“Never let a crisis go to waste.” This year, lawmakers and critics of all political stripes have taken this gallows humor to heart and philanthropic issues that have long-been settled are now ripe for renewed discussion. Questions like, “shouldn’t donor-advised funds have a mandated payout in times of crisis?” and “can’t the government be more effective than philanthropists?” In this timely session, panelists addressed resurrected arguments that threaten philanthropic freedom. 

  • Lawson Bader, President and CEO, DonorsTrust

  • Howard Husock, Senior Fellow, Manhattan Institute

  • Mason Rummel, President and CEO, James Graham Brown Foundation

  • Tom Riley, President, Connelly Foundation (Moderator)

 

Diseases of Despair: The Private Sector’s Response 
As COVID-19 creates a second wave of illness and death related to depression, suicide, and other diseases of despair, vast chasms in our health system’s capacity to treat mental illness have been laid bare. In this session, we introduced two private sector initiatives that are creating much-needed change by tackling the health care system head-on. The Path Forward initiative stimulates change within our complex health care ecosystem by leveraging data-driven employer purchasing strategies and incentivizing partners to increase access to new care models proven to cut costs and save lives. The second initiative, Shatterproof, leverages these same private sector actors to change addiction treatment. This conversation allowed attendees to learn more from the architects of these invaluable initiatives.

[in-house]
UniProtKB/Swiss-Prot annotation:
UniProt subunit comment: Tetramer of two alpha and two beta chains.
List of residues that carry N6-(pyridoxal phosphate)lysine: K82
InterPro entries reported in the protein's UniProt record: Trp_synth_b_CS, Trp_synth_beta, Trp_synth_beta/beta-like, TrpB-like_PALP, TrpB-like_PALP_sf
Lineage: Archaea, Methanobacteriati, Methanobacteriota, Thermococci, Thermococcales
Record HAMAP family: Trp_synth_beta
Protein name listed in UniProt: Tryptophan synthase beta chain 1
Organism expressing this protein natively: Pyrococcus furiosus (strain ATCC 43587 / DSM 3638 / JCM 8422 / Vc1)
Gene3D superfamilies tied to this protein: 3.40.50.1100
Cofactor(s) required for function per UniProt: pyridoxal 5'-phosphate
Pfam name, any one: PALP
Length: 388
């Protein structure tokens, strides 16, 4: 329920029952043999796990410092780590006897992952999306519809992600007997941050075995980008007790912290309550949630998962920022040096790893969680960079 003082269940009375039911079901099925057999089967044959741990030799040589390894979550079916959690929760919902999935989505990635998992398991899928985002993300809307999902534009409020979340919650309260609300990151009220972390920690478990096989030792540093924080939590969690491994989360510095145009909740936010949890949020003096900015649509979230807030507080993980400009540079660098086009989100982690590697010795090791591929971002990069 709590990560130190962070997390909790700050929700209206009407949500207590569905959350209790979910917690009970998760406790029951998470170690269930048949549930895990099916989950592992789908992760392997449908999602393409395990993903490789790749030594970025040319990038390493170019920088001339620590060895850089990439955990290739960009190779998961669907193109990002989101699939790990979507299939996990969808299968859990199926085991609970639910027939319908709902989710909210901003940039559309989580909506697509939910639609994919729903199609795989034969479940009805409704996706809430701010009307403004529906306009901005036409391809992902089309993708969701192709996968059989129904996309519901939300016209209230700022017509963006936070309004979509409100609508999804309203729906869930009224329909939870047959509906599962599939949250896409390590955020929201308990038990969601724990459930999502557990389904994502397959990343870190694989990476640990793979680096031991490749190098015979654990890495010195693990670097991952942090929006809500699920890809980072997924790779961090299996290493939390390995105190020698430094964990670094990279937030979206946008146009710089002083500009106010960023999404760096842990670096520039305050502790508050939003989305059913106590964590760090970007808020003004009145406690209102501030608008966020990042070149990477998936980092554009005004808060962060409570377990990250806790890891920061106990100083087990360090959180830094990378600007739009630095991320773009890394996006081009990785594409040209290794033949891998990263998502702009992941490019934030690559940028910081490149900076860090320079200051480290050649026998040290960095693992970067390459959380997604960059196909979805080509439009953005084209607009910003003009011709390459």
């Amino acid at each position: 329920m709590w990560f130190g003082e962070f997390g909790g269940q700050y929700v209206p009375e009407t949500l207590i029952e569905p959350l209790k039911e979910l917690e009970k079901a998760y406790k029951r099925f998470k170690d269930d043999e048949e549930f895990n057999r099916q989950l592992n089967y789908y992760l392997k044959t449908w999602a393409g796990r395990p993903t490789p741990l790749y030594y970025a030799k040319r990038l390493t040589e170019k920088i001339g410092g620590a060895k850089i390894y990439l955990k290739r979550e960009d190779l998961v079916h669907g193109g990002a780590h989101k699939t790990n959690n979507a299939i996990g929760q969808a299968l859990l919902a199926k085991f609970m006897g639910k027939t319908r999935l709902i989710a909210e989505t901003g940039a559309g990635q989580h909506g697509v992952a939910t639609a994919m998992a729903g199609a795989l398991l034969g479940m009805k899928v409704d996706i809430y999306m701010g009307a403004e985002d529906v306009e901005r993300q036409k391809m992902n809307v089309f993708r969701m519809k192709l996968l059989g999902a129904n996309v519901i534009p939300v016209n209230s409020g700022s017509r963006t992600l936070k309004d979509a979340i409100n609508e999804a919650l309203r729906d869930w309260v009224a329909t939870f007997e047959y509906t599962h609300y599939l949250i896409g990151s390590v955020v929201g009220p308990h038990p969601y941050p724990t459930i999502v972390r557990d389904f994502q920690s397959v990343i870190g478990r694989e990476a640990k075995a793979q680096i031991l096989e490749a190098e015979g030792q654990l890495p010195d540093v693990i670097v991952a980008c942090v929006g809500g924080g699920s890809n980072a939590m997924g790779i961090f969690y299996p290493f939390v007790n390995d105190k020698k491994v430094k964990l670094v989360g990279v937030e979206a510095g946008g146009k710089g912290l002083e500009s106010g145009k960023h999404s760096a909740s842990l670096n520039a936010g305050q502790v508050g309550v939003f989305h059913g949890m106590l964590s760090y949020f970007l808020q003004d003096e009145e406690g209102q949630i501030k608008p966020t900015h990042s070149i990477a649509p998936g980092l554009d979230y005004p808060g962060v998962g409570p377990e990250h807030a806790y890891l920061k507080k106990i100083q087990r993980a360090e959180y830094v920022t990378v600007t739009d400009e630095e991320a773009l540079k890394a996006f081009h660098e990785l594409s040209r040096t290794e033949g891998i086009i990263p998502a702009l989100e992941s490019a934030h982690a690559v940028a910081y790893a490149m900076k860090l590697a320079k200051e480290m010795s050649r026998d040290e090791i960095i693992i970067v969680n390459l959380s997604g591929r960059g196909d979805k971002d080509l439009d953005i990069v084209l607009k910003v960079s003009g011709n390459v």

• Matthias Bowman, Founder and President, Bowman Family Foundation

  • Gary Mendell, Founder and CEO, Shatterproof

  • Anna Bobb, Director of Health Programs, The Philanthropy Roundtable (Moderator)

3:45 - 4:45 p.m. ET
Breakouts

Donor Privacy on the Move